Spiritual Formation: Contemplative & Holiness Traditions

Introduction

Spiritual formation theology is not enough for true transformation. In order to align oneself with the actions and person of Jesus Christ, it is helpful to instill certain practices that help form the heart toward the will of God in life. Two of these practices are Contemplative and Holiness. This essay analyzes each practice while highlighting several key principles within each practice to their benefit in the spiritual formation process.

Contemplative

Contemplative disciplines are that of reflection and passivity. It is living out worship in prayer. “Jesus was a person of prayer. He prayed regularly; he prayed often. The busier he got, the more he talked with God.”[1] It is his examples of unparalleled dedication to prayer that Christians can learn and emulate.

God is at the heart of prayer. In essence, prayer is bringing the triune God into what the life of the Christian is doing together with God. This is achieved through solitude and prayer. The two can be interchangeable but each is necessary for spiritual formation. Some people include fasting into this practice as well. The key is alignment into the kingdom of God, this is what contemplative principles do. They attempt to align the Christian heart with the will of God in his/her life. This alignment shifts the soul into the kingdom of God. “This is our soul, that place at the very center of our being that is known by God, that is grounded in God and is one with God.”[2]

Christians achieve this alignment through setting time apart from the world, through solitude and prayer, and entering into God’s Kingdom by seeking him. Peter Kreeft gives a great example of this through what he calls the stop, look, and listen to the method of prayer. Here the disciple stops everything he/she is doing, looks to the father and waits to listen for answers.[3] Although it sounds rather simplistic, this illustration goes at the core of the contemplative discipline. When we set ourselves apart from the world (Romans 12:2), clear our minds and hearts in fasting and solitude (Matthew 6:16-18), and seek God first and his righteousness (Luke 12:31); it is in these methods that we find Christ’s strength in our weakness (2 Corinthians 12:9).

Holiness

Holiness principles tend to be more intricate in nature. It deals with inward and outward practices in opposition to sin. This can get tricky, as it did for the Pharisees in the Bible. Merely acting pious is not the way toward true spiritual formation, but it can be something done or abstained from that will corrupt the spiritual walk in Christ. “Obedience is the natural outgrowth of a life that is bound to God. If we are in love with God, we will obey his laws.”[4]

This includes abstinence, self-restraint from cussing or gossip, fasting, reading the scriptures, etc. The key is not what is actually done, by deed, but what brings the heart closer to the heart of Christ. In some instances, just forgiving one another or showing charity in places where charity is amiss is aligning the heart with the heart of Christ. It is by obedience to God’s law that we live out the Christian life in a fallen world. These rituals of obedience do not make us holy but validate the faith. “Jesus turns our attention away from ritual purity and points to the purity of heart from which flows unshakable obedience to God (Matt. 5:8).”[5]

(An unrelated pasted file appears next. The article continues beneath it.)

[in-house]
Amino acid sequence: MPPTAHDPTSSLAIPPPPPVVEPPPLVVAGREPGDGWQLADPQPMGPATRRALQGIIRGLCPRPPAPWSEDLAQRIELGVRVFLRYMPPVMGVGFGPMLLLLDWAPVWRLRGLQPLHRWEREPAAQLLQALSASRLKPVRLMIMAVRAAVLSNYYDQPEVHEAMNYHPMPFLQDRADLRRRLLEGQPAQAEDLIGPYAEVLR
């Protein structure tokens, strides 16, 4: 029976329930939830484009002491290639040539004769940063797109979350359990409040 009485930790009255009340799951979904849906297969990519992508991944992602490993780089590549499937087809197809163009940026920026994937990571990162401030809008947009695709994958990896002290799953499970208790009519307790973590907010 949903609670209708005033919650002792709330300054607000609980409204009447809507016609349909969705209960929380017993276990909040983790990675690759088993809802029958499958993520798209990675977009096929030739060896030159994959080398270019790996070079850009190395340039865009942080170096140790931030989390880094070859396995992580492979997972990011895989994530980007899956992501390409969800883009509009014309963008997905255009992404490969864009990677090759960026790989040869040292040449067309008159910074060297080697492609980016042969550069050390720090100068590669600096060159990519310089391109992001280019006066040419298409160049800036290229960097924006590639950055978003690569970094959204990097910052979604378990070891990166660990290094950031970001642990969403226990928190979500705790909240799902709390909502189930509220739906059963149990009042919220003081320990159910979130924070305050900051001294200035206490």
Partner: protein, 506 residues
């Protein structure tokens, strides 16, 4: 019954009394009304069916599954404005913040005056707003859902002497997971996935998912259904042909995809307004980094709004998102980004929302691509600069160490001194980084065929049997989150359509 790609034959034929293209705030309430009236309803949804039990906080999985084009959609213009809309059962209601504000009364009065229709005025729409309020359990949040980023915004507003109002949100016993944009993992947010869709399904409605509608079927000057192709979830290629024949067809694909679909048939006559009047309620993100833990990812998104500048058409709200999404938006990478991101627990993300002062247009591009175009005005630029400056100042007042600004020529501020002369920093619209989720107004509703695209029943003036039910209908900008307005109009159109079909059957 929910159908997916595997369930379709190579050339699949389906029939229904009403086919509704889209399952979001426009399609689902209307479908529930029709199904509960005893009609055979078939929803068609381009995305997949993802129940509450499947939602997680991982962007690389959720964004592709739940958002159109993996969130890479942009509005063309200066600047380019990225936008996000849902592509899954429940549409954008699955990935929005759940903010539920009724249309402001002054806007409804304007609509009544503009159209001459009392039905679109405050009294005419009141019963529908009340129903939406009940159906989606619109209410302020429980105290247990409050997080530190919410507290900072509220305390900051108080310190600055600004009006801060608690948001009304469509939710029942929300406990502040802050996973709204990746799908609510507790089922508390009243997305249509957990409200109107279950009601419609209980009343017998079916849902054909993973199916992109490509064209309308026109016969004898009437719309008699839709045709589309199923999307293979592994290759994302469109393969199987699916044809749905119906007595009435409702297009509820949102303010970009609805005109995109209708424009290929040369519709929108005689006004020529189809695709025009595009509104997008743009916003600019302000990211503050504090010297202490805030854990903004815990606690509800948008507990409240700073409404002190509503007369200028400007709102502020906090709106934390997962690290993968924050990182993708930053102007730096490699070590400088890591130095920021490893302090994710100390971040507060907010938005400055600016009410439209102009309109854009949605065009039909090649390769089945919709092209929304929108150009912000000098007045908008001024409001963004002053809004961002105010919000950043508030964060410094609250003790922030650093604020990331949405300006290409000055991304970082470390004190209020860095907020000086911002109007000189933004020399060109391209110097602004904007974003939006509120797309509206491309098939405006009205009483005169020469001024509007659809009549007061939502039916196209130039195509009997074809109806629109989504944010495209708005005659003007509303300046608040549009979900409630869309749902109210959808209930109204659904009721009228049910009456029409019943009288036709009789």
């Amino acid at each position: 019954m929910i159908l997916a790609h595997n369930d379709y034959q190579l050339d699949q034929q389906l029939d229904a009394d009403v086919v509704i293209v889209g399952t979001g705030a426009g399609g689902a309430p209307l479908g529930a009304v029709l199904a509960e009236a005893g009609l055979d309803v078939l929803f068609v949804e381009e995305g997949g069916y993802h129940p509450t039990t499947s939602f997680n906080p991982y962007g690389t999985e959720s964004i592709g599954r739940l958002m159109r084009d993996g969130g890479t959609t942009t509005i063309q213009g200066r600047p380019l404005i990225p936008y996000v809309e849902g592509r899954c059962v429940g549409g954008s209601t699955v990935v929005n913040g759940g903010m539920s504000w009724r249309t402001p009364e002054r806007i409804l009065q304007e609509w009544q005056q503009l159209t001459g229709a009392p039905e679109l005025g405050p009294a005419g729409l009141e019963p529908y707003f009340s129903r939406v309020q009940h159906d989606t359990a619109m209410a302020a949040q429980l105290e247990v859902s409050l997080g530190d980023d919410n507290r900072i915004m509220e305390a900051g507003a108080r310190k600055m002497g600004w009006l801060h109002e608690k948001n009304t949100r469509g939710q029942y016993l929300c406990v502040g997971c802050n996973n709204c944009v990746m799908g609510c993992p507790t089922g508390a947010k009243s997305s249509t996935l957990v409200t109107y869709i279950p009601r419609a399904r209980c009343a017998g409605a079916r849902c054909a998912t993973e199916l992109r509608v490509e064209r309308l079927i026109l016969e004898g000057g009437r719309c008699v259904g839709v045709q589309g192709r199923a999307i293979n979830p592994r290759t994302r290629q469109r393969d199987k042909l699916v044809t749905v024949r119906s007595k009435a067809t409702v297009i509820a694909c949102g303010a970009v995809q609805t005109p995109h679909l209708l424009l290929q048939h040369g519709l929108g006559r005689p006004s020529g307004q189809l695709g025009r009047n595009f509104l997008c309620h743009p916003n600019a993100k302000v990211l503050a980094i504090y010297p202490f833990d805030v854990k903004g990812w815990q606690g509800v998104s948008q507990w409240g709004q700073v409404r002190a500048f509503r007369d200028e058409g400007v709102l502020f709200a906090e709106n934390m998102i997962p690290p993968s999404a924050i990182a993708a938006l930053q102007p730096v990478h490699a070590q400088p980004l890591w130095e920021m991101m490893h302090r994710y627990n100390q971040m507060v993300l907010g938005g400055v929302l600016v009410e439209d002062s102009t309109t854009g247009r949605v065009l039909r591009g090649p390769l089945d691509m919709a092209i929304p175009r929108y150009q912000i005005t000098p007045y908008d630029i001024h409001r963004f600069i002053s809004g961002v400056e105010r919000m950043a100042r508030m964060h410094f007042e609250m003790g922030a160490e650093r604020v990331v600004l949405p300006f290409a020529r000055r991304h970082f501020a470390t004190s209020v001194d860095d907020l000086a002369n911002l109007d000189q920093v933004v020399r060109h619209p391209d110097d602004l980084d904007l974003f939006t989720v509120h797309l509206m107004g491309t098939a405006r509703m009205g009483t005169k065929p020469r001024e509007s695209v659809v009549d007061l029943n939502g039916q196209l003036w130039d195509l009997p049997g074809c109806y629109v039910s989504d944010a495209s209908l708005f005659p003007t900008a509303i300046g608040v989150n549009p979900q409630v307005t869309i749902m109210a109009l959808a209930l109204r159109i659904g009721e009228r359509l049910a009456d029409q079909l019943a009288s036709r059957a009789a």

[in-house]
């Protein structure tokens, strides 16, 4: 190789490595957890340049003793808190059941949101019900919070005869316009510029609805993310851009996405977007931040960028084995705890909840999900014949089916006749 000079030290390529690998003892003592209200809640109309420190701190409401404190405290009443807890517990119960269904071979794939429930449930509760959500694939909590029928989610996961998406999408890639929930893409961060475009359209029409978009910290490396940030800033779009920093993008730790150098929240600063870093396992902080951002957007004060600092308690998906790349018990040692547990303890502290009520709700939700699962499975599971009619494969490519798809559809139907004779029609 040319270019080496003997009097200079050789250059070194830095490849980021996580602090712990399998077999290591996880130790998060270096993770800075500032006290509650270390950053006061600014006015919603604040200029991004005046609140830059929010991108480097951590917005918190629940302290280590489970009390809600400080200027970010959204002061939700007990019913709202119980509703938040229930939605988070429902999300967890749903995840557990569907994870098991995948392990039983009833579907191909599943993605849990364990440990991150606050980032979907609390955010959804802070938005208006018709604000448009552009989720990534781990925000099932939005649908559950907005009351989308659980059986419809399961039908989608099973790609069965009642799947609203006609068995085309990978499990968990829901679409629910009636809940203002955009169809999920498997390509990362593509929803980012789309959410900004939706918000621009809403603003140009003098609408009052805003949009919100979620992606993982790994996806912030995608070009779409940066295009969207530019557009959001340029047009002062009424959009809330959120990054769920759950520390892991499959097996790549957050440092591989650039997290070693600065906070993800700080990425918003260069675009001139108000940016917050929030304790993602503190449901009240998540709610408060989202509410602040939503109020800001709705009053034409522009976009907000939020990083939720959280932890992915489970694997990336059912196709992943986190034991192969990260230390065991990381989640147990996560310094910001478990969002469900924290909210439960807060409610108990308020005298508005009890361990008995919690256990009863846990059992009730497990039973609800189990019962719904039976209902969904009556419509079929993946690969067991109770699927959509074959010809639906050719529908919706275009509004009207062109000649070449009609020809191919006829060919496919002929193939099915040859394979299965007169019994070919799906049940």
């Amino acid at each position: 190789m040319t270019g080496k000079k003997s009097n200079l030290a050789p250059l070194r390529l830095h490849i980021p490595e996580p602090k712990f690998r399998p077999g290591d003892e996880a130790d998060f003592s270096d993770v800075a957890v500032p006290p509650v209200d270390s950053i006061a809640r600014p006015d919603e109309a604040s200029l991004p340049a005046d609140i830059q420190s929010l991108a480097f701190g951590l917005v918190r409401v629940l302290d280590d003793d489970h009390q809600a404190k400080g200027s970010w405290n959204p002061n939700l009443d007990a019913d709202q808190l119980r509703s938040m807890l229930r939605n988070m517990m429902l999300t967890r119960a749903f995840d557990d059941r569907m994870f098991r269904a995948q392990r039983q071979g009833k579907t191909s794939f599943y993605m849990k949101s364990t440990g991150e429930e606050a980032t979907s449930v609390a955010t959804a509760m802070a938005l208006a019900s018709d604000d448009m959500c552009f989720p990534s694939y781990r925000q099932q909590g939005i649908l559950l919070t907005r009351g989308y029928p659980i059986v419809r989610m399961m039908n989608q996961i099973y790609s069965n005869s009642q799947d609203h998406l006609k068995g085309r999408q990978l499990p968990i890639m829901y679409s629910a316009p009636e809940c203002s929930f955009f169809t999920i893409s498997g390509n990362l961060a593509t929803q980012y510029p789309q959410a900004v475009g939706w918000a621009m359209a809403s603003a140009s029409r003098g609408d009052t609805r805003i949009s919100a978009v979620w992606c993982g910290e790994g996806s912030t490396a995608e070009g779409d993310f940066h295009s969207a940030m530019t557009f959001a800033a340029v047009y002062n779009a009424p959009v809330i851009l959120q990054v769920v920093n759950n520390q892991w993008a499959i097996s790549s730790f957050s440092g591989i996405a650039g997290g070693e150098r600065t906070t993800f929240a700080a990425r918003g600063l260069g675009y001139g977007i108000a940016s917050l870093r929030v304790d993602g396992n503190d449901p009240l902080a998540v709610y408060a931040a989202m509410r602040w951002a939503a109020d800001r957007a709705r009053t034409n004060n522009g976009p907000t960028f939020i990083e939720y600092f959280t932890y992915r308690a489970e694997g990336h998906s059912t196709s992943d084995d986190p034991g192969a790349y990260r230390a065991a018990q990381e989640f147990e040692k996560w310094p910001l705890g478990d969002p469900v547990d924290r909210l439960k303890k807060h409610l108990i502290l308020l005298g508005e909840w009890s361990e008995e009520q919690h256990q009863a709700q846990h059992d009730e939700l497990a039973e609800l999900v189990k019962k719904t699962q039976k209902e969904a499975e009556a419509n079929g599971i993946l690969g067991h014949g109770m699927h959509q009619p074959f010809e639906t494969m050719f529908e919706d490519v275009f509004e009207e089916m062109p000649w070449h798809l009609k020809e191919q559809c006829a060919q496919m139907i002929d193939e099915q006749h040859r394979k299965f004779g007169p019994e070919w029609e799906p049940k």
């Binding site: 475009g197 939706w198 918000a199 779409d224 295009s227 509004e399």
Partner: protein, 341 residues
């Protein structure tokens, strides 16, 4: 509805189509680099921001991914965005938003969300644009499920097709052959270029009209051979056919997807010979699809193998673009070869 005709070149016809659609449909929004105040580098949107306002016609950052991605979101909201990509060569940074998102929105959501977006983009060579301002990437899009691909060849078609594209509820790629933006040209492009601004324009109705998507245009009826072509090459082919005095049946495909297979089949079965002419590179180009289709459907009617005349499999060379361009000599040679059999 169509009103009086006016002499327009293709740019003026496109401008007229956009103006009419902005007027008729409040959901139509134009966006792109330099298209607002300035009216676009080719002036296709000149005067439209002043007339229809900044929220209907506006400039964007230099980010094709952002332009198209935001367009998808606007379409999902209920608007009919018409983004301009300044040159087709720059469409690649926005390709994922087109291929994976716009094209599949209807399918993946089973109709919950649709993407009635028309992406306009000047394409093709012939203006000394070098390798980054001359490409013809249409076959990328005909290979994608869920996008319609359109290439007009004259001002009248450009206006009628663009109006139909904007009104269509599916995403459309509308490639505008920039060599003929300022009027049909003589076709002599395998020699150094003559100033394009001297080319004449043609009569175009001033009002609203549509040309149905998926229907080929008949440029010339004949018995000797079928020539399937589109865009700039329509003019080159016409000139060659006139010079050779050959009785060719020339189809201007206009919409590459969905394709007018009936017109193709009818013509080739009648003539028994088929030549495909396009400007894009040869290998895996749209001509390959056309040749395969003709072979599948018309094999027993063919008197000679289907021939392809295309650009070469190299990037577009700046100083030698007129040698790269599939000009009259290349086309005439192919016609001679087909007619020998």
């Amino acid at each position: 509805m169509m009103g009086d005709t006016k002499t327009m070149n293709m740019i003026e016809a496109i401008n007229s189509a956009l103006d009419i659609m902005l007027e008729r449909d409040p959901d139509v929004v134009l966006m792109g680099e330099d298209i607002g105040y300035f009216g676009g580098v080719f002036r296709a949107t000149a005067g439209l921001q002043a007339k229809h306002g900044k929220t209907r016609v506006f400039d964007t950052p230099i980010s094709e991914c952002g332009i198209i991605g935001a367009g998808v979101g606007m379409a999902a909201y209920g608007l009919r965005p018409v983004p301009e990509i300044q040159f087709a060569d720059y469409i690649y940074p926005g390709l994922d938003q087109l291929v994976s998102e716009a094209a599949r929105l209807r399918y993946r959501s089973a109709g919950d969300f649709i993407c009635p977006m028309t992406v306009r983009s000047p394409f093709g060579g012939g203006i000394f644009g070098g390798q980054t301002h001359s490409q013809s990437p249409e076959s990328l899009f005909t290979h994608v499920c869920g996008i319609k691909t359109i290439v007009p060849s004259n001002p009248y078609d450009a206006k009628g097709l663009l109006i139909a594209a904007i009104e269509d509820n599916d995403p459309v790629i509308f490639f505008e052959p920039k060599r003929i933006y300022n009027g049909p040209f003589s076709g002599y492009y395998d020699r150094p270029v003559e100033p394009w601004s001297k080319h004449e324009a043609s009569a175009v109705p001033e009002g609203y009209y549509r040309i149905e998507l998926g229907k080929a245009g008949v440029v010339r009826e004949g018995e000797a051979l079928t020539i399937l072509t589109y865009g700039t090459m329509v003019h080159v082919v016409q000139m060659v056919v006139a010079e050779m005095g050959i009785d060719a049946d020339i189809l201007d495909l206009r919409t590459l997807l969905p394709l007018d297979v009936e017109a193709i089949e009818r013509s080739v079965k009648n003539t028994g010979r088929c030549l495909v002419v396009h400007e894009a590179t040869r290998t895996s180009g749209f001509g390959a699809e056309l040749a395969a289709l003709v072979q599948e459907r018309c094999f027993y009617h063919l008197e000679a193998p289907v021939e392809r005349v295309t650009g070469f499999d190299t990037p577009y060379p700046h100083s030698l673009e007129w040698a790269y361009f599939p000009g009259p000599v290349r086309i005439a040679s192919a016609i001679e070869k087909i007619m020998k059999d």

Conclusion

Every person has a spiritual place within that accumulates experiences, suppositions, feelings, opinions, etc. throughout life. These things make up our soul. “That spiritual place within us from which outlook, choices, and actions come has been formed by a world away from God. Now it must be transformed.”[6] This transformation can only occur by a long, diligent, sacrificial process of discipline and practices. Two very important practices are contemplative and holiness traditions. These traditions bring us closer to Christ and further separates us from the fallen world in which we live.

Bibliography

Barton, R. Ruth. Sacred Rhythms: Arranging Our Lives for Spiritual Transformation. Westmont, IL: IVP Books, 2009.

Kreeft, Peter. Prayer for Beginners. Ignatius Press, 2000.

Smith, James Bryan., Lynda L. Graybeal, and Richard J. Foster. A Spiritual Formation Workbook: Small Group Resources for Nurturing Christian Growth. Grand Rapids, MI: Zondervan, 1993.

Willard, Dallas. Renovation of the Heart: Putting on the Character of Christ. Colorado Springs, CO: NavPress, 2012.

Footnotes:

[1] James Bryan Smith, Richard J. Foster, and Lynda L. Graybeal, A Spiritual Formation Workbook – Revised Edition: Small Group Resources for Nurturing Christian Growth (Grand Rapids, MI: Zondervan, 8011).

[2] Ruth Haley Barton, Sacred Rhythms: Arranging Our Lives for Spiritual Transformation (Westmont, IL: InterVarsity Press, 2009).

[3] Peter Kreeft, Prayer for Beginners (Ignatius Press, 2000), 31.

[4] James Bryan Smith, Richard J. Foster, and Lynda L. Graybeal, A Spiritual Formation Workbook – Revised Edition: Small Group Resources for Nurturing Christian Growth (Grand Rapids, MI: Zondervan, 8011).

[5] James Bryan Smith, Richard J. Foster, and Lynda L. Graybeal, A Spiritual Formation Workbook – Revised Edition: Small Group Resources for Nurturing Christian Growth (Grand Rapids, MI: Zondervan, 8011).

[6] Dallas Willard, Renovation of the Heart: Putting on the Character of Christ (Colorado Springs, CO: NavPress, 2002), 14.

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